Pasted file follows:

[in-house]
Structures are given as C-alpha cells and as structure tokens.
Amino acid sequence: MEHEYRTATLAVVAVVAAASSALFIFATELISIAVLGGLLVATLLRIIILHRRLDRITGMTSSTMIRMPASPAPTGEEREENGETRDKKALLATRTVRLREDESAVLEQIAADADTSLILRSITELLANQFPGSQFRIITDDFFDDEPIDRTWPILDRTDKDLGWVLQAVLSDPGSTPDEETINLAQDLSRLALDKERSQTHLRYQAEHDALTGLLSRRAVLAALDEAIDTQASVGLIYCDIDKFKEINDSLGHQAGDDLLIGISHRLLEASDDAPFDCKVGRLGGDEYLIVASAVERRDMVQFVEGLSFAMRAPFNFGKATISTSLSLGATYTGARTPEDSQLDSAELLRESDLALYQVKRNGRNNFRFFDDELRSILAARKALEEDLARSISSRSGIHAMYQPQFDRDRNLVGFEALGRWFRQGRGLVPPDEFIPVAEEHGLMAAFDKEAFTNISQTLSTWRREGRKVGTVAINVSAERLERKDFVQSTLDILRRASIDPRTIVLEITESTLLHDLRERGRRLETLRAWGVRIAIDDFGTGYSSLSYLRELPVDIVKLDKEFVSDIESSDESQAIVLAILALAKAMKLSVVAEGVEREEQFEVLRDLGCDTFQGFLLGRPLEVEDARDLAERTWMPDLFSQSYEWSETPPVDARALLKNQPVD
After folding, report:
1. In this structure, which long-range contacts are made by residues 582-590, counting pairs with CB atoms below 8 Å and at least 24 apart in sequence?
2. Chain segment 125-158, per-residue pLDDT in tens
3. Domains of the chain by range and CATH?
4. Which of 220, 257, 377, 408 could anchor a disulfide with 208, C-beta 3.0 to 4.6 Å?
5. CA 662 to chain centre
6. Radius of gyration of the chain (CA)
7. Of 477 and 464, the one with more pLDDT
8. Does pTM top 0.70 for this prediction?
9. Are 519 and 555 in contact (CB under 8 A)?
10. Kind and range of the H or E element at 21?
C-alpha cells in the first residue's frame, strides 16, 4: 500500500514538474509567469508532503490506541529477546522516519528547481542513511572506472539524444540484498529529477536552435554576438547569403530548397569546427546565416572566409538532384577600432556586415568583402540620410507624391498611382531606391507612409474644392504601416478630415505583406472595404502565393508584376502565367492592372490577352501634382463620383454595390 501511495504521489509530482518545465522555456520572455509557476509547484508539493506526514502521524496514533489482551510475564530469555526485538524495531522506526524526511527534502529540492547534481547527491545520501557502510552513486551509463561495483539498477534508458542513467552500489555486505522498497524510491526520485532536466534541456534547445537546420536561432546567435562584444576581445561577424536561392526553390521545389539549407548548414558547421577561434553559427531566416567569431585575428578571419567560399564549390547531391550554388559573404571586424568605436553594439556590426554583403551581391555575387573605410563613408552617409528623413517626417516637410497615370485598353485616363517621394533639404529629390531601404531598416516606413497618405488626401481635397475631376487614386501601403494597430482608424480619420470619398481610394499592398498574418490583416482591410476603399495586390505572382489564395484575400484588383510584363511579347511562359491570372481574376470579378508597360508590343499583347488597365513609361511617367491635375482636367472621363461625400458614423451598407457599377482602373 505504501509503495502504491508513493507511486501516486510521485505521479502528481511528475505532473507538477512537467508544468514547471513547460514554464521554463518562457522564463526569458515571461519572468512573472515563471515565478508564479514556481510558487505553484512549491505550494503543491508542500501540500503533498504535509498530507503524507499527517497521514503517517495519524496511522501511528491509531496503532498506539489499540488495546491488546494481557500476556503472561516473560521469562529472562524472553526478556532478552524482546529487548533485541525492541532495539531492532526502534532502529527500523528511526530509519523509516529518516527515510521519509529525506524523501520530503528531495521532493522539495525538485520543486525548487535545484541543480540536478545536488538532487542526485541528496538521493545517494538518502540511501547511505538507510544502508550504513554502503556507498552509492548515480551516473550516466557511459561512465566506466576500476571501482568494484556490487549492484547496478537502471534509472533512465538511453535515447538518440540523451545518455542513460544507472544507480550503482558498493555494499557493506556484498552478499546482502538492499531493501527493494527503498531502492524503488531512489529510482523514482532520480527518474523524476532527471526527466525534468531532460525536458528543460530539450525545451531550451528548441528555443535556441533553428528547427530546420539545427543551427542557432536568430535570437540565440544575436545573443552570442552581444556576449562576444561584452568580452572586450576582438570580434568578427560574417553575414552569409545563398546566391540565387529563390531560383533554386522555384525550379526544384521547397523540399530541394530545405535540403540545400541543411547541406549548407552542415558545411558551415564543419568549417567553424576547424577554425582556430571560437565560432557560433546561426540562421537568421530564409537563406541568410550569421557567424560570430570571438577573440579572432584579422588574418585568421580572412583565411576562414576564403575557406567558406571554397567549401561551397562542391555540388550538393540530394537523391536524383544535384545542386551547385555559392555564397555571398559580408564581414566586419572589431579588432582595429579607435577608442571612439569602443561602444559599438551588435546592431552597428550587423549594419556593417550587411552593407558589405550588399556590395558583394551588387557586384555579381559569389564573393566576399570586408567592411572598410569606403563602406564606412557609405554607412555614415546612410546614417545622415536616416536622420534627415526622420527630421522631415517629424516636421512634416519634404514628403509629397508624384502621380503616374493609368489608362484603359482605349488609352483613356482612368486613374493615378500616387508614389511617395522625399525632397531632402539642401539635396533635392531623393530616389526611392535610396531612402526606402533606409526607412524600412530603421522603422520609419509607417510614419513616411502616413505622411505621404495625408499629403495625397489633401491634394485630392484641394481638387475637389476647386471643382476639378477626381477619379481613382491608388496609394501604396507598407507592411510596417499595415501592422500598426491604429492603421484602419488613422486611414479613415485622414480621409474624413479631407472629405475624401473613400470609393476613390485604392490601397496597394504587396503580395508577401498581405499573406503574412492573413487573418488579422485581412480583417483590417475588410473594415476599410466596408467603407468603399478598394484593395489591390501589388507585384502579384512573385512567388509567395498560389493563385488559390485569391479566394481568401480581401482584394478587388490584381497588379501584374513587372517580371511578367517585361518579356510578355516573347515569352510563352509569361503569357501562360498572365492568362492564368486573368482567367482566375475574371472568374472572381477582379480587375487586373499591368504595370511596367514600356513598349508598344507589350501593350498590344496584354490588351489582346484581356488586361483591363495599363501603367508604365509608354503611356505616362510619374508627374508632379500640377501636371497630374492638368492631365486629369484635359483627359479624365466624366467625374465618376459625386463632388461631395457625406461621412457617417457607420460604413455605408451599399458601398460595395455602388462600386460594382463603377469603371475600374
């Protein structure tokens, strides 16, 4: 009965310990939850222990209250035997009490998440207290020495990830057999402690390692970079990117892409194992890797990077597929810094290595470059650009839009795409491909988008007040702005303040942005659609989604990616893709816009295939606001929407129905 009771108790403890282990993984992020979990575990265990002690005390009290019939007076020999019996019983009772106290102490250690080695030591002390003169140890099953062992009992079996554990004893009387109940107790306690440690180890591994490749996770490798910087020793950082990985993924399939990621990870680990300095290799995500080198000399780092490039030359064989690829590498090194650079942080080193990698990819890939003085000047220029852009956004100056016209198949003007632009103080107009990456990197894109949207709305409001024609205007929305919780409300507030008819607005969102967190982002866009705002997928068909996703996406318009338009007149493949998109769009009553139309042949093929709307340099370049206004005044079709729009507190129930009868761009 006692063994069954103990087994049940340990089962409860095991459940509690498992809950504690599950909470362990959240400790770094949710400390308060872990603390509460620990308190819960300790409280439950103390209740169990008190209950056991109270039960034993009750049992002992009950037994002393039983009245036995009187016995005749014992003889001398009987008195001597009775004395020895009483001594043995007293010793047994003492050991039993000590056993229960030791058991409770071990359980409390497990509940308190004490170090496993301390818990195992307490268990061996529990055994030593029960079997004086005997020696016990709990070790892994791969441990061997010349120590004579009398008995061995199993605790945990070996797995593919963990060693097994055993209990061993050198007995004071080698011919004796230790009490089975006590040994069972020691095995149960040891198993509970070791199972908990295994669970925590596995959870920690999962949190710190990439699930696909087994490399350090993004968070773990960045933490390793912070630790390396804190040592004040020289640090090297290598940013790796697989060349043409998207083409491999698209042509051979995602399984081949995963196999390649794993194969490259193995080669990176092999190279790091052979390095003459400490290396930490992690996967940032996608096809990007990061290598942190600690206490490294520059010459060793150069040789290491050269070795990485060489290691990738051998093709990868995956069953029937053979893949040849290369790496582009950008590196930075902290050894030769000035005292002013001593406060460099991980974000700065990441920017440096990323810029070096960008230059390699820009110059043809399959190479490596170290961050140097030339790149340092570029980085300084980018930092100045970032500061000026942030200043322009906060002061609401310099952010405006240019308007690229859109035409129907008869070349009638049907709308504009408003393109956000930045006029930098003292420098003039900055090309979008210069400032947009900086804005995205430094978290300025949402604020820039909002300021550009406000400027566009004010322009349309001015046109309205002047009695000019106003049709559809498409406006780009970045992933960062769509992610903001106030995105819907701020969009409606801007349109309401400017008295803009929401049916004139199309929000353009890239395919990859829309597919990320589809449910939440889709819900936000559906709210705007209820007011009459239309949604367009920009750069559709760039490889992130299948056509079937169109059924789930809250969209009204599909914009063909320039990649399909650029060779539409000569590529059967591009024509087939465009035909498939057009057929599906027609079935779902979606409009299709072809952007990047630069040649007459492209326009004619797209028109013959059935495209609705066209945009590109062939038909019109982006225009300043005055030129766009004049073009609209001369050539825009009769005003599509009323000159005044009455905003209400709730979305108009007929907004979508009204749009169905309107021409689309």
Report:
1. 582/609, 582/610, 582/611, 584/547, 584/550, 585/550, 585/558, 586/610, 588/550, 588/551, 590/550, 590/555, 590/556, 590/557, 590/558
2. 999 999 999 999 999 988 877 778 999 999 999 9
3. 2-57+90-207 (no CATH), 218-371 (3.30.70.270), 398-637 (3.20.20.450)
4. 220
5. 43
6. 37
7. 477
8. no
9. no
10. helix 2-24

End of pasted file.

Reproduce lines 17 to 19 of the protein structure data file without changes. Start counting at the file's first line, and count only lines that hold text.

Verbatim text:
Report:
1. 582/609, 582/610, 582/611, 584/547, 584/550, 585/550, 585/558, 586/610, 588/550, 588/551, 590/550, 590/555, 590/556, 590/557, 590/558
2. 999 999 999 999 999 988 877 778 999 999 999 9